Angsty drama Next premieres on Fox Oct. 6. The network calls it “a propulsive, fact-based thriller about the emergence of a deadly, rogue artificial intelligence that combines pulse-pounding action with a layered examination of how technology is invading our lives and transforming us in ways we don’t yet understand.”
John Slattery, formerly of Mad Men, plays a Silicon Valley iconoclast who realizes his AI creation might wreak global catastrophe.
The idea came from creator Manny Coto’s young son, who had a sleepless night and told Dad that Alexa had been speaking with him overnight. “It had a ghost story feel to it,” he said.
Slattery’s Paul teams up with a cybercrime agent to fight the AI villain.
The show was set to premiere earlier this year, until COVID arrived. Coto said Next did not change much as it sat on the sidelines. “It was a nice leisurely process to get everything right,” he said.
Next is only more timely here in late 2020. Coto noted “how frighteningly prophetic we were about 2020,” including a bit about how sketchy information found on the Internet can induce a bit of panic. “Some of the stuff is eerily, eerily familiar.”
Eli Roth’s History of Horror starts season two on AMC, and streaming service Shudder, Oct. 10. Horror director Roth hosts this show about fright films and how they are made. Episodes focus on witches, “Chilling Children,” haunted houses, monsters, body horror (The Elephant Man is dissected) and Roth’s “Nine Nightmares.”
Sharing their thoughts on horror are Quentin Tarantino, Mary Harron, Ari Aster, Jordan Peele and Bill Hader. “A very enthusiastic film buff,” said showrunner/exec producer Kurt Sayenga of SNL alumnus Hader.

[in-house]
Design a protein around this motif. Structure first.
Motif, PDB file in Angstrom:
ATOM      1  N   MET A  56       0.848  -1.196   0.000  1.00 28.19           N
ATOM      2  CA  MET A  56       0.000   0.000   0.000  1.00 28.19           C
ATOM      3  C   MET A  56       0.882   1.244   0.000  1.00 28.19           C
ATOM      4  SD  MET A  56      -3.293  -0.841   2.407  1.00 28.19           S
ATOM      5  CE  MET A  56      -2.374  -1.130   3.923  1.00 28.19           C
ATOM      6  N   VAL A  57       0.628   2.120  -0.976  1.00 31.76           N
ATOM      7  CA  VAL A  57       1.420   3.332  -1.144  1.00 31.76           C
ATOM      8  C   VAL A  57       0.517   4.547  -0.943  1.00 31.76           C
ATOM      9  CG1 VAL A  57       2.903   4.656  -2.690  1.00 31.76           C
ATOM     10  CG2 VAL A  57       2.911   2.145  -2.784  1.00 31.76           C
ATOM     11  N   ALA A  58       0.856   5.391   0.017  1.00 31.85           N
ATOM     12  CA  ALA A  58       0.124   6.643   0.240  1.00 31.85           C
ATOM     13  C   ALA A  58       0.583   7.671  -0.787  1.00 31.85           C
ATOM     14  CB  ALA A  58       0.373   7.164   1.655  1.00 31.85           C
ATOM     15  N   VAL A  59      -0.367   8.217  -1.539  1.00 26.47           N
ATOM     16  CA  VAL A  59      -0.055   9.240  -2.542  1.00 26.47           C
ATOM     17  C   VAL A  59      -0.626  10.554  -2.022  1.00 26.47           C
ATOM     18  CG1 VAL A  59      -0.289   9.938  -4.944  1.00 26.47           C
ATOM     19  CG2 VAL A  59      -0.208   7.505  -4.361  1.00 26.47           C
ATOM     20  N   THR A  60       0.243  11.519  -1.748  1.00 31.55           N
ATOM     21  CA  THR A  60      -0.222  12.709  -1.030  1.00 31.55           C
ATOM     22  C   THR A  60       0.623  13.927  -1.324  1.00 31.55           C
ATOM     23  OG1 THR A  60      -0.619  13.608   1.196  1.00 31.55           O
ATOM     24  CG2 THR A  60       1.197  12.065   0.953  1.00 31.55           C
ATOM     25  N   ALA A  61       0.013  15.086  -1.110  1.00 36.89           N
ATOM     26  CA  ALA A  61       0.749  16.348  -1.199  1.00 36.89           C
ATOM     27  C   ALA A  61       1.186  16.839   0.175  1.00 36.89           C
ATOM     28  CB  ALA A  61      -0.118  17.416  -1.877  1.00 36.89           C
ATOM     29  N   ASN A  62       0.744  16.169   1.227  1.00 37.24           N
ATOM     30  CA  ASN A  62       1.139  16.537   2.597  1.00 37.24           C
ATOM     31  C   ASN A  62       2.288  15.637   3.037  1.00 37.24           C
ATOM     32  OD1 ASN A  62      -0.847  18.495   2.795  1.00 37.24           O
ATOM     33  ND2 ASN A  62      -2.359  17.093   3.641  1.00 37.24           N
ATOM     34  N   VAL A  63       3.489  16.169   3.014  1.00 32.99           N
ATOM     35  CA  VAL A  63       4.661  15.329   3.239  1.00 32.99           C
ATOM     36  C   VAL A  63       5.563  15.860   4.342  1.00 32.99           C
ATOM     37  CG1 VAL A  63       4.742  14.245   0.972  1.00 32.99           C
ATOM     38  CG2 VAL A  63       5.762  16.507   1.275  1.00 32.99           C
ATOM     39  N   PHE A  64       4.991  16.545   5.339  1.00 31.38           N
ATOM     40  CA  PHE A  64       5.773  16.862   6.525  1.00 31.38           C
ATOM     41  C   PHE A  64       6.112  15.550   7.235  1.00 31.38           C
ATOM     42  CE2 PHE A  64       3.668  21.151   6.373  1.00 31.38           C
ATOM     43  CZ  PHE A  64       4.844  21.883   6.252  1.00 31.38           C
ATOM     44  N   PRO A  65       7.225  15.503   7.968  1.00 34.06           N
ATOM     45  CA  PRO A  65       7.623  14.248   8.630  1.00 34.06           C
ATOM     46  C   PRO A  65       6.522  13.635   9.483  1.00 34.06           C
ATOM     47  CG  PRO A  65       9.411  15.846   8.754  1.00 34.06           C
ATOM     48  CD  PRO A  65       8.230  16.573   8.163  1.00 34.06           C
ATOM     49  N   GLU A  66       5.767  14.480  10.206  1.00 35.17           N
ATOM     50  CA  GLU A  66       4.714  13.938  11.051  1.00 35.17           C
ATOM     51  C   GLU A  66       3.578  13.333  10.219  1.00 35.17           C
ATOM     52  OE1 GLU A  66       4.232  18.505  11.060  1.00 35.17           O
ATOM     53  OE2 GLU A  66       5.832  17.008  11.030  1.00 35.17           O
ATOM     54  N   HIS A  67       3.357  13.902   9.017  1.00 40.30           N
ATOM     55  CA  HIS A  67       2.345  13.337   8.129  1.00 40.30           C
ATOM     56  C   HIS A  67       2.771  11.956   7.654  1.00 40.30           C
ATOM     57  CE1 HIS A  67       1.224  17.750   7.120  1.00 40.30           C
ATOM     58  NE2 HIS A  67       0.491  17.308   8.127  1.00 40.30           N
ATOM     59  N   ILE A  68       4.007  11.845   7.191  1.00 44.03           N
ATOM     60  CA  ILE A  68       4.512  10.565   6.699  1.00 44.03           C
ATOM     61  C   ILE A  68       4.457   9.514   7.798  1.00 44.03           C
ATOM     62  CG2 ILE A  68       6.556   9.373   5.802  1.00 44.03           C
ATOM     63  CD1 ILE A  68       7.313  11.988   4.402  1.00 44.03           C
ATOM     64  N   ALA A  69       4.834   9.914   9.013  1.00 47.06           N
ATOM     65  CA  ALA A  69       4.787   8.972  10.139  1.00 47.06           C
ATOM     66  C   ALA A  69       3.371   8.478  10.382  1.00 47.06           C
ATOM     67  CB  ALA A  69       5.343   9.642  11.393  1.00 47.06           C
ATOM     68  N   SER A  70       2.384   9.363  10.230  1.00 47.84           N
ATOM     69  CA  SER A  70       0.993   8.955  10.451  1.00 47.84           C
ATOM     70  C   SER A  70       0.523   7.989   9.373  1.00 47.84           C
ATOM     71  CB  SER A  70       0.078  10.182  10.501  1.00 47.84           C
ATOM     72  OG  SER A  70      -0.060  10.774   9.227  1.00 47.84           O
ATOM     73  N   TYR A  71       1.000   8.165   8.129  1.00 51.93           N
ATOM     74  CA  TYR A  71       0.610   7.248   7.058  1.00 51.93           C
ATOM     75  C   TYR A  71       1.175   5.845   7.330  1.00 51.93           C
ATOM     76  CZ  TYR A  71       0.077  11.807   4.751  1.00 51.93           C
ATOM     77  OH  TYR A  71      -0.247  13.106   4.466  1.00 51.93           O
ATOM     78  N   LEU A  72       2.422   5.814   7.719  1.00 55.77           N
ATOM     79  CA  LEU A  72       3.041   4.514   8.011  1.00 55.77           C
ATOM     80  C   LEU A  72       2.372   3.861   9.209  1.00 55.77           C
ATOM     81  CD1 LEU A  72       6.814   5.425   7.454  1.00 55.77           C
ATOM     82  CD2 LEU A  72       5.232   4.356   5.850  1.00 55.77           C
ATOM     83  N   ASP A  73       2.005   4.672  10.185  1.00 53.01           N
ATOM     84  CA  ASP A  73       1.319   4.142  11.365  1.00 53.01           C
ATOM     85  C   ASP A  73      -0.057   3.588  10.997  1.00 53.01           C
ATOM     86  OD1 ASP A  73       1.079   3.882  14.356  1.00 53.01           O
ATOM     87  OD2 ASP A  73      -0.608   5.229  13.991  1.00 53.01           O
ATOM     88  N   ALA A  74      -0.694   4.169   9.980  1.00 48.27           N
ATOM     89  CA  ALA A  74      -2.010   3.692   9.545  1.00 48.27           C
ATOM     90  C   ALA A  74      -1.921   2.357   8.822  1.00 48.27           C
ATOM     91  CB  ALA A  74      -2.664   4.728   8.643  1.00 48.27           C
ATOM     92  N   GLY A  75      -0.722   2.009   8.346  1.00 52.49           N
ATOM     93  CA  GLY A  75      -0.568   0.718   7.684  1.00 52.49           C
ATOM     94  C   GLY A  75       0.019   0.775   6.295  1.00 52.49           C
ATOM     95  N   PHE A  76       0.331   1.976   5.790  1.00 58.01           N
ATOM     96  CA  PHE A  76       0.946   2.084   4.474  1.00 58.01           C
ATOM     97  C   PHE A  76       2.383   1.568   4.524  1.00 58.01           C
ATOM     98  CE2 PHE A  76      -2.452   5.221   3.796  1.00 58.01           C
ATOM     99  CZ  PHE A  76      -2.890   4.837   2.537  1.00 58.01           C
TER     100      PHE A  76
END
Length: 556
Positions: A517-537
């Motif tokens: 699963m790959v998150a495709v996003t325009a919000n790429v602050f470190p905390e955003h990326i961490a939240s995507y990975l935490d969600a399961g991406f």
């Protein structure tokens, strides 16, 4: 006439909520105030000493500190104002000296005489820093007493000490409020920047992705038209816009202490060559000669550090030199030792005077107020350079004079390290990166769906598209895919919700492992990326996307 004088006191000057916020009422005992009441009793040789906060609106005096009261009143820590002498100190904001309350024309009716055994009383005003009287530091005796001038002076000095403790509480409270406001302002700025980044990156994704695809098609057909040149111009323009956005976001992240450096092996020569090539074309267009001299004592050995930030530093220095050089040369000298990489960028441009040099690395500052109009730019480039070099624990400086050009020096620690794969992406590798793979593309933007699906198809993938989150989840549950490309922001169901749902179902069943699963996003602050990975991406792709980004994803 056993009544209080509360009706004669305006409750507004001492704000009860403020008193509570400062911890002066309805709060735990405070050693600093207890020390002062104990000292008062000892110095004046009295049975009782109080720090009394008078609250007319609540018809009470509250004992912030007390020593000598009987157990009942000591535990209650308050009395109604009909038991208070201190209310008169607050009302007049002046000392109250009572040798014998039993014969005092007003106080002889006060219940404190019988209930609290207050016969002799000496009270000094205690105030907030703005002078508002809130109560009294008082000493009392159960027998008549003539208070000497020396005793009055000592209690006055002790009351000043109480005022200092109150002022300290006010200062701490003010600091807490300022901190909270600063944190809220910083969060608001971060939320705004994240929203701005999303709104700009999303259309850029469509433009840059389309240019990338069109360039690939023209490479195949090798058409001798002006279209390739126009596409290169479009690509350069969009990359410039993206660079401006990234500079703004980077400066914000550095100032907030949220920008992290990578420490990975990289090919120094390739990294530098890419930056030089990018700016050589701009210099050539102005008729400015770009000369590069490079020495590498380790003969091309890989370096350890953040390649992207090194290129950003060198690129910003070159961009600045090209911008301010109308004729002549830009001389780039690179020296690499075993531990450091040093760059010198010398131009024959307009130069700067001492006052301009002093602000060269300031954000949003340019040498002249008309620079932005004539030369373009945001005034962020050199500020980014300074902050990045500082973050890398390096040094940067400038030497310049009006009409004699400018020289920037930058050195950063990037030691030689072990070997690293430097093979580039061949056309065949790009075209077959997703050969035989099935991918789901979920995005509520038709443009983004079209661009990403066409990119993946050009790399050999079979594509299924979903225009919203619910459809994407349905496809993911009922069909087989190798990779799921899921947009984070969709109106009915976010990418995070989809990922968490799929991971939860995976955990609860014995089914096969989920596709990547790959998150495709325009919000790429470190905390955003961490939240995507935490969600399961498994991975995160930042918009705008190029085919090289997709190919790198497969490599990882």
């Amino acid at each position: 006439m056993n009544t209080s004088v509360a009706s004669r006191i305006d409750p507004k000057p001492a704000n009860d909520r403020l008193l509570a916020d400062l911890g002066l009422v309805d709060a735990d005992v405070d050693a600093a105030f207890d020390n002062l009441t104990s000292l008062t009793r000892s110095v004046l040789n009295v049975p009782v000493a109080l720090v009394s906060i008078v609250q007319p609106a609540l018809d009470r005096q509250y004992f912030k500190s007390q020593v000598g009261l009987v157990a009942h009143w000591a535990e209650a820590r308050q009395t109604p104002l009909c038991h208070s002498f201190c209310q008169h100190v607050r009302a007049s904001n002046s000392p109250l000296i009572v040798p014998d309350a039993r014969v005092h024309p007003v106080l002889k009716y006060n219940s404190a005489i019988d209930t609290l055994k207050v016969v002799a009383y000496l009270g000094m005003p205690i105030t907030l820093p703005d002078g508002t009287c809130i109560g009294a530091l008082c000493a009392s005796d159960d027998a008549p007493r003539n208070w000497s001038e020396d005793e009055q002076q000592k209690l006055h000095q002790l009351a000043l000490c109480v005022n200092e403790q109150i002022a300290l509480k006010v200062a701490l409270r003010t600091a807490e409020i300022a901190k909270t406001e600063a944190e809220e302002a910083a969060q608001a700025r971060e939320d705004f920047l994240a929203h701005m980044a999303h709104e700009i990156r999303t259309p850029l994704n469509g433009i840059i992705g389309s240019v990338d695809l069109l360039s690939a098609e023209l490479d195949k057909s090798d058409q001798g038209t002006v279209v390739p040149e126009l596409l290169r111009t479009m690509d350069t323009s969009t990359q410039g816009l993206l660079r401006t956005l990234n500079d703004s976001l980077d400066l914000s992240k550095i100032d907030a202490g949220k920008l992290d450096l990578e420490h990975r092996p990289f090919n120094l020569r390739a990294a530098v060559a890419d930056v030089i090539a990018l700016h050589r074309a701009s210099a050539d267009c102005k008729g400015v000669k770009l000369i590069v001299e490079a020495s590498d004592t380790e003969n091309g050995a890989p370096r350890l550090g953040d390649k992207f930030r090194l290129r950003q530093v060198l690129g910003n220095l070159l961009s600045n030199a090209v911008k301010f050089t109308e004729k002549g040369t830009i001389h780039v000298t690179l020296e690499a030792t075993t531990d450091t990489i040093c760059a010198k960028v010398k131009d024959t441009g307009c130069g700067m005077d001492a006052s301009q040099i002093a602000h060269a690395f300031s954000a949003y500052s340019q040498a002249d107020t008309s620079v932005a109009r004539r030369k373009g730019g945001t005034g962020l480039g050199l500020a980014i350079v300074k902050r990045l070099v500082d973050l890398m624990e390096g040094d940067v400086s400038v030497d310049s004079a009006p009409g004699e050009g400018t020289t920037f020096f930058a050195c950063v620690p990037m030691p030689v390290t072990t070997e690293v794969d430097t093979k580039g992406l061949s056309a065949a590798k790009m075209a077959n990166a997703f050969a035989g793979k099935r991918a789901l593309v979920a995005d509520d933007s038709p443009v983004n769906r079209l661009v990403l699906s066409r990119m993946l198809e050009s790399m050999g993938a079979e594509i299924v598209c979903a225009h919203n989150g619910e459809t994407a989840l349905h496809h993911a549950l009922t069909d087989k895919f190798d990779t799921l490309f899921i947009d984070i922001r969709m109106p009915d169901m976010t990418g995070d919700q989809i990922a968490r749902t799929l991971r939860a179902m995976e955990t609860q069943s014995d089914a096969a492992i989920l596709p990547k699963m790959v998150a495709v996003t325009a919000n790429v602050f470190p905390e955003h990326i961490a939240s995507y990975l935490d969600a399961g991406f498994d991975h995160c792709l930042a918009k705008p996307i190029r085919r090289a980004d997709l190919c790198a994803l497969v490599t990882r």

Megan Fox shares her views on Carrie. “Very thoughtful comments,” Sayenga said.
There may not be a horror film that Roth isn’t familiar with. “He brings great depth of knowledge and tremendous enthusiasm to the material,” Sayenga said. “He has seen everything. If there is a horror film somewhere in the world, he has seen it or is working his way through it.”
As comedy directors are often, paradoxically, dour individuals, Sayenga said horror directors are just about “the nicest people,” and bring abundant enthusiasm to their sets.
With Halloween inside of a month, Watchman asked Sayenga for a recommendation or two. He suggested 1996 Japanese film Audition, which he described as half rom-com and half “horrific bloodbath.”
“You have to have a pretty strong stomach for it,” he added. “There’s a lot of piano wire.”
He also raved about The Wicker Man from 1973. “It’s not particularly gory,” he said. “But it’s creepy as hell.”
Michael Malone, senior content producer at B+C/Multichannel News, covers network programming, including entertainment, news and sports on broadcast, cable and streaming; and local broadcast television. He hosts the podcasts Busted Pilot, about what’s new in television, and Series Business, a chat with the creator of a new program, and writes the column “The Watchman.” He joined B+C in 2005. His journalism has also appeared in The New York Times, The Philadelphia Inquirer, Playboy and New York magazine.
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